[1] Collins FS, Gottlieb S. The next phase of human gene-therapy oversight. N Engl J Med 2018;379:1393-1395.

[2] National Institutes of Health. Statement on modernizing human gene therapy oversight, August 16, 2018. Available at

[3] EUR-Lex. Directive 2001/18/EC of the European Parliament and of the Council of 12 March 2001 on the deliberate release into the environment of genetically modified organisms and repealing Council Directive 90/220/EEC – Commission Declaration. Available at

[4] EUR-Lex. Directive 2009/41/EC of the European Parliament and of the Council of 6 May 2009 on the contained use of genetically modified micro-organisms (Recast) (Text with EEA relevance). Available at

[5] EUR-Lex. Regulation (EC) No 1829/2003 of the European Parliament and of the Council of 22 September 2003 on genetically modified food and feed (Text with EEA relevance). Available at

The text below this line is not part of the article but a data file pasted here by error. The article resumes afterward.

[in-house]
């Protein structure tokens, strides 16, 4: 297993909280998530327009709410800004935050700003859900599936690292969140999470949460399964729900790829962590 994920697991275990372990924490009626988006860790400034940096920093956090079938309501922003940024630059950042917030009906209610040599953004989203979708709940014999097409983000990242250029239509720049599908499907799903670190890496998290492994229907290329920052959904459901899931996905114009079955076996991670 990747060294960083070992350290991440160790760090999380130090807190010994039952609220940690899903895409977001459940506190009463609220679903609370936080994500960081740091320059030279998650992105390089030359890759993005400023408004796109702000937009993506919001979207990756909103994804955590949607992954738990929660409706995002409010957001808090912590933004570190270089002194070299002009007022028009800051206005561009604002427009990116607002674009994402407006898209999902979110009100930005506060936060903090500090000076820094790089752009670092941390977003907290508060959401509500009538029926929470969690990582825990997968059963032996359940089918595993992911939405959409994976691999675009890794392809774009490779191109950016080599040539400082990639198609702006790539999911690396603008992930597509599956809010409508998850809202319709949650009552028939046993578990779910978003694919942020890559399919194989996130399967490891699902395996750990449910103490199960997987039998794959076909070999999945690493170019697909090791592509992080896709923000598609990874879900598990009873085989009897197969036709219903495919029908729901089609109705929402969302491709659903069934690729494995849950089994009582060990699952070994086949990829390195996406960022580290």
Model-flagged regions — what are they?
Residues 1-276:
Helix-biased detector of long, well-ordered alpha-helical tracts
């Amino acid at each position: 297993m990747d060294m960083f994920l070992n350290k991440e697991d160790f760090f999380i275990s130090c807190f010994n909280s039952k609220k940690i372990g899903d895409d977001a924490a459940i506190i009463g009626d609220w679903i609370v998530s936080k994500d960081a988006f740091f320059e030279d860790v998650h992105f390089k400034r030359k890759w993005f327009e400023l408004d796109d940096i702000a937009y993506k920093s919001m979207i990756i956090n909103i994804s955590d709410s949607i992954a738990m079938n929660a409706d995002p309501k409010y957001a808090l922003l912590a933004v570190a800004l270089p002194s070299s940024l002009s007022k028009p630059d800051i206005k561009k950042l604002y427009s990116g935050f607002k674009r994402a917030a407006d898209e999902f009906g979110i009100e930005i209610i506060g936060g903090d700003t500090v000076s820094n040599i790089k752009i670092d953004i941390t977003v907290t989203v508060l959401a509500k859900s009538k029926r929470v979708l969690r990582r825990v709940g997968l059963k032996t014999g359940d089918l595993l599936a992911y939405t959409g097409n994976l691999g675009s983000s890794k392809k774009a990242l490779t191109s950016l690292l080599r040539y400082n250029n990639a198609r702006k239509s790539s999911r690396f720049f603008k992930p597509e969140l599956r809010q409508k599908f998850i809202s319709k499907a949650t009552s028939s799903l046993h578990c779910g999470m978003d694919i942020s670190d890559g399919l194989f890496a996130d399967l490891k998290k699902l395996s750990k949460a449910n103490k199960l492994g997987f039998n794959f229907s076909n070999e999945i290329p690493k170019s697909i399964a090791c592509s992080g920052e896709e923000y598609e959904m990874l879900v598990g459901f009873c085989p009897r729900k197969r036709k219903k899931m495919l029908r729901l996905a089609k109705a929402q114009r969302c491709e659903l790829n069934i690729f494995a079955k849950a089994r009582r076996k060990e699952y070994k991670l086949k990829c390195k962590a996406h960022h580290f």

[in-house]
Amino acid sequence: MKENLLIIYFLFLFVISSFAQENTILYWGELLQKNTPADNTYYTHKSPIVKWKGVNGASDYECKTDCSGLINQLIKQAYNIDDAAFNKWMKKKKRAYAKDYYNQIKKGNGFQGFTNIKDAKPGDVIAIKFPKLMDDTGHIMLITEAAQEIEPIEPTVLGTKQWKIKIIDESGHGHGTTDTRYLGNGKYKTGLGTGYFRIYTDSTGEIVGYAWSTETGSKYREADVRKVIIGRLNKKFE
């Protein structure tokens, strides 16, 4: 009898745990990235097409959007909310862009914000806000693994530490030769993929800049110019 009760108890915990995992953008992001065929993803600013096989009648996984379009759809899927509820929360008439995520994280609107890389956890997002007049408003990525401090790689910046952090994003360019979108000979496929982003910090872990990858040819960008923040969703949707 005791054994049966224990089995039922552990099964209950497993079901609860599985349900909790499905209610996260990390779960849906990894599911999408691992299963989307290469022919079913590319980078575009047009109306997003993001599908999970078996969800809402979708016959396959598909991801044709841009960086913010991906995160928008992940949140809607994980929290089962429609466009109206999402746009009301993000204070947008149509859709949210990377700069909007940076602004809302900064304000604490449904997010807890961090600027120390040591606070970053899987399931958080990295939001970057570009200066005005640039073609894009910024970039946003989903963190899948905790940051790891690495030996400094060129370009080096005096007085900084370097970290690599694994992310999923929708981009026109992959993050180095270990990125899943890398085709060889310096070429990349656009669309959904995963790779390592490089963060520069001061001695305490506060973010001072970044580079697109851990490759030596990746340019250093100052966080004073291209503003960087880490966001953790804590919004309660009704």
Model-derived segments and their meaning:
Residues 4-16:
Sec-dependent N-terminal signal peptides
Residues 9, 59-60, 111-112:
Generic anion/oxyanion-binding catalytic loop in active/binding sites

[6] EUR-Lex. Directive (EU) 2015/412 of the European Parliament and of the Council of 11 March 2015 amending Directive 2001/18/EC as regards the possibility for the Member States to restrict or prohibit the cultivation of genetically modified organisms (GMOs) in their territory Text with EEA relevance. Available at 

[7] EUR-Lex. Regulation (EC) No 1830/2003 on the traceability and labelling of genetically modified organisms (GMOs) and the traceability of food and feed products produced from GMOs. Available at

[8] Official Journal of the European Union.  Regulation (EC) No 1946/2003 of the European Parliament and of the Council of 15 July 2003 on transboundary movements of genetically modified organisms. Available at